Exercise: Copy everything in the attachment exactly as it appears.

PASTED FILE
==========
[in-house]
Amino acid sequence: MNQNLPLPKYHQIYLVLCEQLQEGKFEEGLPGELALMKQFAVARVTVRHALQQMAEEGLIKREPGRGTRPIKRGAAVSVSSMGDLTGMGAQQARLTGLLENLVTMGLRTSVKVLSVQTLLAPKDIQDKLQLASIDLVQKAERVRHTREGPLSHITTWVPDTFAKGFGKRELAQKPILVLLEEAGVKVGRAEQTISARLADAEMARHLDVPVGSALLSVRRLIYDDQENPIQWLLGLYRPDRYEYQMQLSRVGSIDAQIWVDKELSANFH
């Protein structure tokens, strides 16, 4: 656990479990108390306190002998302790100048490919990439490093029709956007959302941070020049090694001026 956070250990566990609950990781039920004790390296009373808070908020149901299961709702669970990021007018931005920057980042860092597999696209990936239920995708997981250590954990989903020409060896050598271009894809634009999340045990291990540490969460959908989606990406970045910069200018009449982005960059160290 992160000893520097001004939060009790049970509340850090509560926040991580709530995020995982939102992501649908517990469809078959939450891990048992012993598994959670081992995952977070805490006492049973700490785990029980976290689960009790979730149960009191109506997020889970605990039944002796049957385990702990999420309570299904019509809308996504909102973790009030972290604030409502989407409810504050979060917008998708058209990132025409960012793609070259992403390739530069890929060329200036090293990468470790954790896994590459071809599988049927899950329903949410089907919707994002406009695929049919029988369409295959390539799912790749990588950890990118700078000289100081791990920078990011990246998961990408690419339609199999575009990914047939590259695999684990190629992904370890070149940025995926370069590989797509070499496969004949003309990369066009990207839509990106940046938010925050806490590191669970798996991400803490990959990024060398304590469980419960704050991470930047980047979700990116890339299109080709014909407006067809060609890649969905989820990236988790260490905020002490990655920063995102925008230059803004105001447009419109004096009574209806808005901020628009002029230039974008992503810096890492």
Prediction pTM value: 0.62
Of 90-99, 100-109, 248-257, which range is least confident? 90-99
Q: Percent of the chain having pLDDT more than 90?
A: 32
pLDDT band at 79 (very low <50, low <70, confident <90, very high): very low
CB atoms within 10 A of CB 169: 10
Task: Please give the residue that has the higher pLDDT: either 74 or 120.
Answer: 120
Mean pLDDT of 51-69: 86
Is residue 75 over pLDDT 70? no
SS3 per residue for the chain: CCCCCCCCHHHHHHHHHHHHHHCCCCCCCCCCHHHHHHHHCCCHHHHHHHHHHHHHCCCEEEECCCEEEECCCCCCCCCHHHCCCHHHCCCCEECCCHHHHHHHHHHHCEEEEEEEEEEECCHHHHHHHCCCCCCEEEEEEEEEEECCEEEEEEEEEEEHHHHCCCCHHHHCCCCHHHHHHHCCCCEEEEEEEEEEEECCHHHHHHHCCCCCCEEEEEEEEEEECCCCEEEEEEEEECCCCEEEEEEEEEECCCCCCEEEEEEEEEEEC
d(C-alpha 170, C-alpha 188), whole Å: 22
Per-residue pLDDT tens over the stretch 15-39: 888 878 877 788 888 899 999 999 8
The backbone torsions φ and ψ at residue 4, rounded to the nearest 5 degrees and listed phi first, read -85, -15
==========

[in-house]
Amino acid sequence: MNQNLPLPKYHQIYLVLCEQLQEGKFEEGLPGELALMKQFAVARVTVRHALQQMAEEGLIKREPGRGTRPIKRGAAVSVSSMGDLTGMGAQQARLTGLLENLVTMGLRTSVKVLSVQTLLAPKDIQDKLQLASIDLVQKAERVRHTREGPLSHITTWVPDTFAKGFGKRELAQKPILVLLEEAGVKVGRAEQTISARLADAEMARHLDVPVGSALLSVRRLIYDDQENPIQWLLGLYRPDRYEYQMQLSRVGSIDAQIWVDKELSANFH
């Protein structure tokens, strides 16, 4: 656990479990108390306190002998302790100048490919990439490093029709956007959302941070020049090694001026 956070250990566990609950990781039920004790390296009373808070908020149901299961709702669970990021007018931005920057980042860092597999696209990936239920995708997981250590954990989903020409060896050598271009894809634009999340045990291990540490969460959908989606990406970045910069200018009449982005960059160290 992160000893520097001004939060009790049970509340850090509560926040991580709530995020995982939102992501649908517990469809078959939450891990048992012993598994959670081992995952977070805490006492049973700490785990029980976290689960009790979730149960009191109506997020889970605990039944002796049957385990702990999420309570299904019509809308996504909102973790009030972290604030409502989407409810504050979060917008998708058209990132025409960012793609070259992403390739530069890929060329200036090293990468470790954790896994590459071809599988049927899950329903949410089907919707994002406009695929049919029988369409295959390539799912790749990588950890990118700078000289100081791990920078990011990246998961990408690419339609199999575009990914047939590259695999684990190629992904370890070149940025995926370069590989797509070499496969004949003309990369066009990207839509990106940046938010925050806490590191669970798996991400803490990959990024060398304590469980419960704050991470930047980047979700990116890339299109080709014909407006067809060609890649969905989820990236988790260490905020002490990655920063995102925008230059803004105001447009419109004096009574209806808005901020628009002029230039974008992503810096890492």
Prediction pTM value: 0.62
Of 90-99, 100-109, 248-257, which range is least confident? 90-99
Q: Percent of the chain having pLDDT more than 90?
A: 32
pLDDT band at 79 (very low <50, low <70, confident <90, very high): very low
CB atoms within 10 A of CB 169: 10
Task: Please give the residue that has the higher pLDDT: either 74 or 120.
Answer: 120
Mean pLDDT of 51-69: 86
Is residue 75 over pLDDT 70? no
SS3 per residue for the chain: CCCCCCCCHHHHHHHHHHHHHHCCCCCCCCCCHHHHHHHHCCCHHHHHHHHHHHHHCCCEEEECCCEEEECCCCCCCCCHHHCCCHHHCCCCEECCCHHHHHHHHHHHCEEEEEEEEEEECCHHHHHHHCCCCCCEEEEEEEEEEECCEEEEEEEEEEEHHHHCCCCHHHHCCCCHHHHHHHCCCCEEEEEEEEEEEECCHHHHHHHCCCCCCEEEEEEEEEEECCCCEEEEEEEEECCCCEEEEEEEEEECCCCCCEEEEEEEEEEEC
d(C-alpha 170, C-alpha 188), whole Å: 22
Per-residue pLDDT tens over the stretch 15-39: 888 878 877 788 888 899 999 999 8
The backbone torsions φ and ψ at residue 4, rounded to the nearest 5 degrees and listed phi first, read -85, -15